This is Yuval Shany of the UN Human Rights Committee, during the Committee’s questioning of Ireland in Geneva in July.
He is challenging the Irish State’s reasons for not mandating the new Irish Human Rights and Equality Commission to monitor human rights under the International Covenant on Civil and Political Rights.
Starting with the new Human Rights Commission, I appreciate the clarifications provided by Mr Briain on the reasons underlying the decision not to invest the Human Rights and Equality Commission with an enforcement mandate that includes the Covenant as well as other international treaties.
I find however the explanation provided not fully convincing, and I will explain why.
First, the fact that Ireland is a dualist country does not negate the need for inclusion of such language in the Bill. In fact, requiring public bodies to comply in their policies with the Covenant, and authorising the Commission to monitor such compliance, could serve as a form of incorporation by other means, as required under Article 2.2 of our Covenant,* in ways which are somewhat similar to the way in which the EC Charter has been incorporated in a relatively soft manner in the 2003 Bill. So dualism is not a reason why not to incorporate it. It is actually a reason why to incorporate the Covenant into domestic law.
Second, the fact that the Covenant has not been incorporated does put the State in a tight spot with respect to the duty to provide effective remedies, under Article 2.3 of our Covenant.* And again, the exclusion of the Covenant from the mandate of the Commission does limit the ability of the State to provide, through that channel, effective remedies at least for certain violations of our Covenant. Other dualist countries that have not incorporated the Covenant did find it proper to introduce, within the mandates of their Human Rights Commission, such a possibility. Take Australia, for example.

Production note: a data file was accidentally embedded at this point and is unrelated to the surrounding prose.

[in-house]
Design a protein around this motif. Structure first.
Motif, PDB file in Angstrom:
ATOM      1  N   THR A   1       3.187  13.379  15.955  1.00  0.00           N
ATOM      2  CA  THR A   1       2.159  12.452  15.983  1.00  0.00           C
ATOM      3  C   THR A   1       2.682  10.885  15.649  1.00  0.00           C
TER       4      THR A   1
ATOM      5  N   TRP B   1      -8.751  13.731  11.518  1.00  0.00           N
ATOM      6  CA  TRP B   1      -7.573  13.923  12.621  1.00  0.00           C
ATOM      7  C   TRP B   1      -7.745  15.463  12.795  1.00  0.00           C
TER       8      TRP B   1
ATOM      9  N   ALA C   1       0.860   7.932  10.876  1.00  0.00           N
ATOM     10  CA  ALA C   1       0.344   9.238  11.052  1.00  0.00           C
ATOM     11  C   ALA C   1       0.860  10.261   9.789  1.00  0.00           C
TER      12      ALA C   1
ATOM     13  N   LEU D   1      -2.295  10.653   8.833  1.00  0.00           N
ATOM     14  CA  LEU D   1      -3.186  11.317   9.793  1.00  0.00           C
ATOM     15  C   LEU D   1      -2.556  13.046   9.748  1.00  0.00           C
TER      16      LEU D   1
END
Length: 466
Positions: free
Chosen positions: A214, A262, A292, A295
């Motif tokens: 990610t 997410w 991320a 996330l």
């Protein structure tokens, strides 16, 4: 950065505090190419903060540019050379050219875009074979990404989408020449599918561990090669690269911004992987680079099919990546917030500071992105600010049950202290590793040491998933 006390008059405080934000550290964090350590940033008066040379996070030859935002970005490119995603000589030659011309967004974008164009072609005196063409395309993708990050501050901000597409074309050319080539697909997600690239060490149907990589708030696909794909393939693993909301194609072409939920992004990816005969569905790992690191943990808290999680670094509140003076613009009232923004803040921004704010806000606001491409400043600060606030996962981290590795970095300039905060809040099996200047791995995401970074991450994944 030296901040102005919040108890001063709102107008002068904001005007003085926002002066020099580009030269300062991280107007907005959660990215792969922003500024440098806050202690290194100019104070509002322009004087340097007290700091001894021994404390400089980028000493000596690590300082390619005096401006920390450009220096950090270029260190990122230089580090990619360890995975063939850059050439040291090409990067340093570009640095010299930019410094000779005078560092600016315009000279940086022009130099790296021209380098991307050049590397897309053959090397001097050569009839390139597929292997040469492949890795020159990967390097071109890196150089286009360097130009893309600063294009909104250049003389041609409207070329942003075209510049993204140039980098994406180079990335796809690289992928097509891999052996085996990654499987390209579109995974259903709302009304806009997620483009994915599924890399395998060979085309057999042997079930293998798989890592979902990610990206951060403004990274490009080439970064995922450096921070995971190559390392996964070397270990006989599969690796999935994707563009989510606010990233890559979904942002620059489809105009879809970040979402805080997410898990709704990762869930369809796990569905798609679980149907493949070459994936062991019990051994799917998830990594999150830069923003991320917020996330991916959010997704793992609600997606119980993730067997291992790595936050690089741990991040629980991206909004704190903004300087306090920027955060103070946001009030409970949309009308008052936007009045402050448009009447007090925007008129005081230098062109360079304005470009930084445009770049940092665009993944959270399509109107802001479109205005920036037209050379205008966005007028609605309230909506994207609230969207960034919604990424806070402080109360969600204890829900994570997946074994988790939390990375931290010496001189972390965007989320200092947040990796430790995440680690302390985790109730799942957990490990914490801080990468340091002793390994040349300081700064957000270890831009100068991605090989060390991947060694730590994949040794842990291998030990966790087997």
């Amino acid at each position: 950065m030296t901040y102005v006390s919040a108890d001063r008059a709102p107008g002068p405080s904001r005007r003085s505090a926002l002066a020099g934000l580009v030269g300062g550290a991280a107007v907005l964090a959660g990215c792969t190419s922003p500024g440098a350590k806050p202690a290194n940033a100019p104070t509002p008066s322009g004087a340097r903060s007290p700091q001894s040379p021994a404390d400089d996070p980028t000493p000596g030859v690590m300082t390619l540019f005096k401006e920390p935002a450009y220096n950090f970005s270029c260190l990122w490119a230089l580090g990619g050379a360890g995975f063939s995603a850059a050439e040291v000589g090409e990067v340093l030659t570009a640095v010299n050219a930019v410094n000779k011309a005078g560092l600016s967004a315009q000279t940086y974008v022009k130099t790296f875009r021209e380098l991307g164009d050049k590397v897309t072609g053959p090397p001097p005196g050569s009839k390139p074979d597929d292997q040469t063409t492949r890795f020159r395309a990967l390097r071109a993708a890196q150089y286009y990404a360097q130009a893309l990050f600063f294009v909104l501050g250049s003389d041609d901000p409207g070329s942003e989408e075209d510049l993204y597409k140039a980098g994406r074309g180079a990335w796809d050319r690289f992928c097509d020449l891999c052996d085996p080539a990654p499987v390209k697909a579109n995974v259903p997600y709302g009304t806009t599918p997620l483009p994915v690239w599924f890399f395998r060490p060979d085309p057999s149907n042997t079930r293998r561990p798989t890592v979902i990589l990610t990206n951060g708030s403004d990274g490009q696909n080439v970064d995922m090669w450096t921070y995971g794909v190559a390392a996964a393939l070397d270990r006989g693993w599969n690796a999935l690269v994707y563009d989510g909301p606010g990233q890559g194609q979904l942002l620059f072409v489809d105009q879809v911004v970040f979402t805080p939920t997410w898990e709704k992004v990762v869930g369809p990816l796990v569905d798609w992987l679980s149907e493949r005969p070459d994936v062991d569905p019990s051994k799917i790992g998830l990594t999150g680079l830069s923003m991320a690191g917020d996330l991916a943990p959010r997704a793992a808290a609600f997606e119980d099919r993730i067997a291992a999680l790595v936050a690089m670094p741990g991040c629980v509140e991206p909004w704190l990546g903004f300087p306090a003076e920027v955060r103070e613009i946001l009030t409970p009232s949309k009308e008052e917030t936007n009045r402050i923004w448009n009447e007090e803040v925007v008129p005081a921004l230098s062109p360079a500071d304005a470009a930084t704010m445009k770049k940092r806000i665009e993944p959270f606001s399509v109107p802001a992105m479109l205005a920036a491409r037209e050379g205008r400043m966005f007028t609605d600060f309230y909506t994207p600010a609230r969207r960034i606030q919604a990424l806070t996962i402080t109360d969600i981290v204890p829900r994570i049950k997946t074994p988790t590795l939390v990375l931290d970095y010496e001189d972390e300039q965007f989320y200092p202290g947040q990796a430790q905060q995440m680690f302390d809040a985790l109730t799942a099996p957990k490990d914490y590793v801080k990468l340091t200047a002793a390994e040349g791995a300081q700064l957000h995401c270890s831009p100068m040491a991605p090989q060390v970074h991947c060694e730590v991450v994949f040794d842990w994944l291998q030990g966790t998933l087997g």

And finally, I do not see the strength of the argument that the dualist nature of the country would bar the Commission from investigating or inquiring into situations of alleged violations of non-incorporated human rights, or develop codes of practice as part three authorises it, in the same way that it may provide Amicus Curia briefs involving the Covenant in other parts. So I appreciate that non-incorporation may limit the possibility of providing legal redress within Irish law at the present moment in time, but I don’t see why it should serve as a bar against allowing the Commission to fully function in ways that involve non-remedial powers in this sphere.
So I would appreciate the continuation of the engagement on this point.
* Articles 2.2 and 2.3 of the Covenant
2.2 Where not already provided for by existing legislative or other measures, each State Party to the present Covenant undertakes to take the necessary steps, in accordance with its constitutional processes and with the provisions of the present Covenant, to adopt such laws or other measures as may be necessary to give effect to the rights recognized in the present Covenant.
2.3 Each State Party to the present Covenant undertakes:
(a) To ensure that any person whose rights or freedoms as herein recognized are violated shall have an effective remedy, notwithstanding that the violation has been committed by persons acting in an official capacity;
(b) To ensure that any person claiming such a remedy shall have his right thereto determined by competent judicial, administrative or legislative authorities, or by any other competent authority provided for by the legal system of the State, and to develop the possibilities of judicial remedy;
(c) To ensure that the competent authorities shall enforce such remedies when granted.